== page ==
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News Eagle - Hawley, PA
  • National Park Service urges visitors to respect the River

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  •      UPPER DELAWARE - Enjoying the beauty, coolness and recreational fun of the Upper Delaware Scenic and Recreational River are summer traditions. The heavy rains during June have kept the Delaware River unusually high.  These high river levels increase the dangers to boaters and river users.
        The National Park Service issues a mandatory wearing of life jackets that goes into effect when the river is above six feet at the Barryville gauge.  To obtain current river conditions including the river height go to the park’s webpage at www.nps.gov/upde or call the River Hotline at 845-252-7100.  The River Hotline is updated each morning throughout the summer season.
         Park Rangers strongly encourages all river users to wear a life jacket.  The river claims an average of two drowning victims per year, yet there has never been a drowning of someone who is wearing a properly fitted life jacket.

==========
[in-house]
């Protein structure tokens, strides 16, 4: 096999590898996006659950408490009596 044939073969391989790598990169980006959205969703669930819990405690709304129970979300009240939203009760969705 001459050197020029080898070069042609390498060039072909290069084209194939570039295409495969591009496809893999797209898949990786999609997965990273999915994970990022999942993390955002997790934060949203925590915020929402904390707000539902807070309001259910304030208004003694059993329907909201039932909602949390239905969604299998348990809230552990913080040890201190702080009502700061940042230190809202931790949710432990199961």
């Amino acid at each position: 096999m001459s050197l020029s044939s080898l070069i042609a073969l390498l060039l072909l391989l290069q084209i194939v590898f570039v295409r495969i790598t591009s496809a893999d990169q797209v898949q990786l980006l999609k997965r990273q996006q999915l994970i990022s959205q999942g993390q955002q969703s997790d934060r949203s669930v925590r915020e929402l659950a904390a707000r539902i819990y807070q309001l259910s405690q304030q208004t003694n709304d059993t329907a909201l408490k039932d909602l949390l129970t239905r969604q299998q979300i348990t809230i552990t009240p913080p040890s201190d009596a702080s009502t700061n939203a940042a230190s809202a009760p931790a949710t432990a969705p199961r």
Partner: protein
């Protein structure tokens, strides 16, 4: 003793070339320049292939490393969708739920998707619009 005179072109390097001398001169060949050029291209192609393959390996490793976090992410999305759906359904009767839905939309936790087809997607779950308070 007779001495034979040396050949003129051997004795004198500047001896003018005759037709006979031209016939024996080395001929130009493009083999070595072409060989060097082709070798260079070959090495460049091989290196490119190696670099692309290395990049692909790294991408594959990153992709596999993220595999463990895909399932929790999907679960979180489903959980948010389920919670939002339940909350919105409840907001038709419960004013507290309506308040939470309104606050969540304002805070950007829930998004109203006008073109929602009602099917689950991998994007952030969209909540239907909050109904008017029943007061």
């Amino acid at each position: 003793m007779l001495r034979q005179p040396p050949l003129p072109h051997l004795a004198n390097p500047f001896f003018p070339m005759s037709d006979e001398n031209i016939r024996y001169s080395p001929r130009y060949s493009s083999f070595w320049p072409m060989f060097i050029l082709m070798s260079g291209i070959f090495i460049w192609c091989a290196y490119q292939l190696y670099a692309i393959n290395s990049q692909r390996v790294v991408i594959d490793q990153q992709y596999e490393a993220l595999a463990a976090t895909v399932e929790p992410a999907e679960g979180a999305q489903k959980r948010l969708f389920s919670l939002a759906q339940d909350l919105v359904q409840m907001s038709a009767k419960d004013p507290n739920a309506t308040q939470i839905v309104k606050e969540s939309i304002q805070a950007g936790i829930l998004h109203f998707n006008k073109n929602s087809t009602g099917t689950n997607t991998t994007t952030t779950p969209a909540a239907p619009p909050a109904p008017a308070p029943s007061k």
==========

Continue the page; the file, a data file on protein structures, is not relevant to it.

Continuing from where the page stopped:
The heat and summer sun are natural invitations to go into the river. As we enter into the busiest part of our boating season the National Park Service reminds visitors of basic water safety tips to keep everyone safe while enjoying the river.
    RESPECT THE RIVER:
    Always wear a properly fitted life jacket
    Never swim alone
    Never attempt to swim across the river
    Beware of currents, drop offs, and submerged obstacles
         More than 50 percent of the drowning victims are swimmers (not boaters).  Public accesses, campgrounds, and many other areas display warning signs.  These signs often go unnoticed as visitors pursue the pleasure of cooling off in the river.  The scenic Delaware River’s placid appearance, however, is deceiving. There are powerful currents that can wear down and sweep away experienced and strong swimmers.  Never fight the flow – go with the current making your way to one shore or the other.
          Thousands of people enjoy the Upper Delaware River each year.  For your own safety please respect the power and flow of the river currents, said Park Service officials.

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